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The following summary is from Orphanet, a European reference portal for information on rare diseases and orphan drugs.
Orpha Number: 455
Superficial epidermolytic ichthyosis (SEI) is a rare keratinopathic ichthyosis (KI; see this term) characterized by the presence of superficial blisters and erosions at birth.
Less than 30 families have been reported in the literature.
Clinical features of SEI are similar but milder that those of epidermolytic ichthyosis (EI; see this term). SEI presents at birth or during the neonatal period with mild superficial blistering that is more frequent on flexures, shins, abdomen and extremities. After a few weeks, the skin starts to peel leaving characteristic denuded areas with normal skin (called molting/ mauserung phenomenon). A variable and mild grey rippled hyperkeratosis develops predominantly on the limbs, lower trunk and flexural areas. Blistering diminishes with age but persists through childhood and sometimes into adult life in response to trauma, heat or excessive sweating. Palmoplantar involvement is usually not observed but palmoplantar blistering, usually associated with hyperhidrosis, may sometimes occur. Skin odor is not present.
SEI is caused by mutations in the KRT2 gene encoding keratin 2. These mutations impair keratin filament formation and weaken the structural stability of the keratinocyte cytoskeleton.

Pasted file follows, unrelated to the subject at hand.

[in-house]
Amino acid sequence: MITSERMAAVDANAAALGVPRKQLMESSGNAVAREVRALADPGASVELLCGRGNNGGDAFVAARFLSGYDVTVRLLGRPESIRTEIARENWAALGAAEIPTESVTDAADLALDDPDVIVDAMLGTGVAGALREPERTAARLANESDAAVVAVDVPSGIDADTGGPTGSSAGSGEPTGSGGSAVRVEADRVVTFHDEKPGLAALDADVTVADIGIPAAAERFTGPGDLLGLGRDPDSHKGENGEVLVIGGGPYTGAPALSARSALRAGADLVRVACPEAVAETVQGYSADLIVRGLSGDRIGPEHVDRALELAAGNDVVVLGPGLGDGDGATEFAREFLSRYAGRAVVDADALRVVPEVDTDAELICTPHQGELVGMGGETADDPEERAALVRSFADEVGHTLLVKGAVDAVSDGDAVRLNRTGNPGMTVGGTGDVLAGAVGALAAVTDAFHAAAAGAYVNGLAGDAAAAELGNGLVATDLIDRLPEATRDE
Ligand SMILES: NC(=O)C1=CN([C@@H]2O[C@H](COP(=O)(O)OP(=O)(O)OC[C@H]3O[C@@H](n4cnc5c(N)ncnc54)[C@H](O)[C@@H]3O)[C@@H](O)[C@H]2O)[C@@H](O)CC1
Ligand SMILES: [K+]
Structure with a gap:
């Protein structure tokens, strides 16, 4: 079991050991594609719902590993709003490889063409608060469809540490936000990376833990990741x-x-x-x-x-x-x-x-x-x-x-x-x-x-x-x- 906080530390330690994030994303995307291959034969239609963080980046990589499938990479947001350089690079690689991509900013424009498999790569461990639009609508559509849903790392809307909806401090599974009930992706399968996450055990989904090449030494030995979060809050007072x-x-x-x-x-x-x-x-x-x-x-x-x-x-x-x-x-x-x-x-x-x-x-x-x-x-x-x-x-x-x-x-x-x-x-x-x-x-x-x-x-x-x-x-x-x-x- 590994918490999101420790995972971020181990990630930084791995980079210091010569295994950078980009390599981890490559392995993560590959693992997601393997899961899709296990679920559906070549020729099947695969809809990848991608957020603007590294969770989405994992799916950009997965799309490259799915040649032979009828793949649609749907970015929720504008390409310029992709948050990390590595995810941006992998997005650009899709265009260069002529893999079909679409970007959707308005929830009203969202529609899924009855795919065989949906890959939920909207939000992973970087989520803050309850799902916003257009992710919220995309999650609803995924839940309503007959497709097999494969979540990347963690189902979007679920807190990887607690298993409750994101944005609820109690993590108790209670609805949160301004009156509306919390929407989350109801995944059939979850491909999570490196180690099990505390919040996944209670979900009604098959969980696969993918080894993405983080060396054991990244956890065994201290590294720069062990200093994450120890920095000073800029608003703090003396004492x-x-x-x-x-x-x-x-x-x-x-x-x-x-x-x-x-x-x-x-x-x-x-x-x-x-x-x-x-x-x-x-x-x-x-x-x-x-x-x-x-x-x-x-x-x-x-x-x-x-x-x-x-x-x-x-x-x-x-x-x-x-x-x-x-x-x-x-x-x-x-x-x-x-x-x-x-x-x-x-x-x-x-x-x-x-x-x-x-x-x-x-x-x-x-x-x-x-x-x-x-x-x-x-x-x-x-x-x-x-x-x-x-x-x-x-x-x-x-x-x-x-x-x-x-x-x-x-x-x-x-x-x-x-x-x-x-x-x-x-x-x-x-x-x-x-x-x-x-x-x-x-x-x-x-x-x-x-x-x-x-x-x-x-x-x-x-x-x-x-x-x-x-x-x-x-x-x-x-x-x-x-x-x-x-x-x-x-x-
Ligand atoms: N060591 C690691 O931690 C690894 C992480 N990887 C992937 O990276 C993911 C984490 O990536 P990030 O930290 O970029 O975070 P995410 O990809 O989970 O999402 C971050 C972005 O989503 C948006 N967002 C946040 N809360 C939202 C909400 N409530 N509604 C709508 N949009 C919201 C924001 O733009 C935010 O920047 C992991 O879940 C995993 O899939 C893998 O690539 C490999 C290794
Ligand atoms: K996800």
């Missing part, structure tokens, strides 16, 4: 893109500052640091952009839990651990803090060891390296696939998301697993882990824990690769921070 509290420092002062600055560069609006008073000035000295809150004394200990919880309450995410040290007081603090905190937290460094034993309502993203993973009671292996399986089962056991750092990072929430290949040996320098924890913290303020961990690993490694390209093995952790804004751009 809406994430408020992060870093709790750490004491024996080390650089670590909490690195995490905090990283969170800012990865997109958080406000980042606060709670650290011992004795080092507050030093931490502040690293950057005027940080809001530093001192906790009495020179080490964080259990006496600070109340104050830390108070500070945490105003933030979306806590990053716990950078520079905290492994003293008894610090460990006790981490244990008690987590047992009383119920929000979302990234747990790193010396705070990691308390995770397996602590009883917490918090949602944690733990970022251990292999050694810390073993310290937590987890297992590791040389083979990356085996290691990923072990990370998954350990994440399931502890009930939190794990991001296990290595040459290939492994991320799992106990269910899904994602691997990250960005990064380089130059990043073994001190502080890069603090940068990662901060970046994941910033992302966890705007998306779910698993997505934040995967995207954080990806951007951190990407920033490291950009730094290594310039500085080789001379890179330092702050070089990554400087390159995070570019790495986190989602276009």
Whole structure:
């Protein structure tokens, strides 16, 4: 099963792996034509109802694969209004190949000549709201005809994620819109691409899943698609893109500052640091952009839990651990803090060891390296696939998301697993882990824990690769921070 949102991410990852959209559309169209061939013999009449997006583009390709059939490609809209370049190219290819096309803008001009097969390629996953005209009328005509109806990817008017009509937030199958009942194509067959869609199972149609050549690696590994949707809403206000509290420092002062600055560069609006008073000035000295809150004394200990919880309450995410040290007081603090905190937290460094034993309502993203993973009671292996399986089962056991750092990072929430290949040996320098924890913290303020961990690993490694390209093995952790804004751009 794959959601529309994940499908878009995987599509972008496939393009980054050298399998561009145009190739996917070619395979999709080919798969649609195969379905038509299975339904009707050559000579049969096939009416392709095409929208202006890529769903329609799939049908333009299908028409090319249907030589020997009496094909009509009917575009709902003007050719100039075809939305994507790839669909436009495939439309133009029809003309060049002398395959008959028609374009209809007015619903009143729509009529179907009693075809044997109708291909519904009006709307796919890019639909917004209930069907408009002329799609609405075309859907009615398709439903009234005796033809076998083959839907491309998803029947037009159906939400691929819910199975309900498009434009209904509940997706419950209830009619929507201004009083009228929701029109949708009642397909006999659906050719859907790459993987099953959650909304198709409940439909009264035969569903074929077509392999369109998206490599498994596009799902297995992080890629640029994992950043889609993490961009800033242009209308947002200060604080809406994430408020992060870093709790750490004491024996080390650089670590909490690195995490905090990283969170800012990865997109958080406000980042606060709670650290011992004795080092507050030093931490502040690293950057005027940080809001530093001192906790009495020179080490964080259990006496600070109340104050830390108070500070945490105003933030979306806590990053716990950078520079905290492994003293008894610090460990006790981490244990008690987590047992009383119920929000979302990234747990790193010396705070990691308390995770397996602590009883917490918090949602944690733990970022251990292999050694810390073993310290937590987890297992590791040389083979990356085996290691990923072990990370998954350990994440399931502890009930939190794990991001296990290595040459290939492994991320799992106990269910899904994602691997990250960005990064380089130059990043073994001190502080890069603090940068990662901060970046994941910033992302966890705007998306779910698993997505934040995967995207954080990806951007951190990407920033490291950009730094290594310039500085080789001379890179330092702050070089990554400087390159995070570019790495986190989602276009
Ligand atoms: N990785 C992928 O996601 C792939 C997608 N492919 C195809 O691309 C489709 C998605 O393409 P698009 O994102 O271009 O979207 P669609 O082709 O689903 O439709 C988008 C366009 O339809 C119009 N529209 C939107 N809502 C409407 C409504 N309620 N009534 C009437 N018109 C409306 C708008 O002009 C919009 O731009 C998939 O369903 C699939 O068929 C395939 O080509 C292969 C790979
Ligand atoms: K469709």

Diagnosis is based on clinical and histological examination of skin lesions biopsies revealing acanthosis, a prominent granular layer, epidermolytic changes in the granular and upper spinous layers, hyperorthokeratosis and intracorneal blister formation. On electron microscopic examination, keratinocytes of the granular layer display structural alterations of tonofilaments. Molecular analysis, if available, reveals KRT2 mutations.
Differential diagnosis includes epidermolytic ichthyosis, peeling skin syndrome, staphylococcal scalded skin syndrome, Alopecia-contractures- dwarfism-intellectual disability syndrome (see these terms), and atopic dermatitis.
Genetic prenatal diagnosis is available for inherited ichthyoses (see this term) but it is generally not proposed for SEI due to its mild course.
Transmission is autosomal dominant. Genetic counseling should be offered to affected families. The risk for an affected parent to have an affected child is 50%.
Management and treatment
Treatment is symptomatic. Emollient and mild topical keratolytics may be used to reduce hyperkeratosis. Low dose of oral retinoids may also reduce hyperkeratosis, but must be used with caution because of their side effects and of their effect in the increase of skin fragility. Antibiotic therapy is required to treat secondary infection.
SEI is usually a mild disease. Life expectancy is normal and quality of life is not severely impaired.
Visit the Orphanet disease page for more resources.
Source: GARD Last updated on 05-01-20
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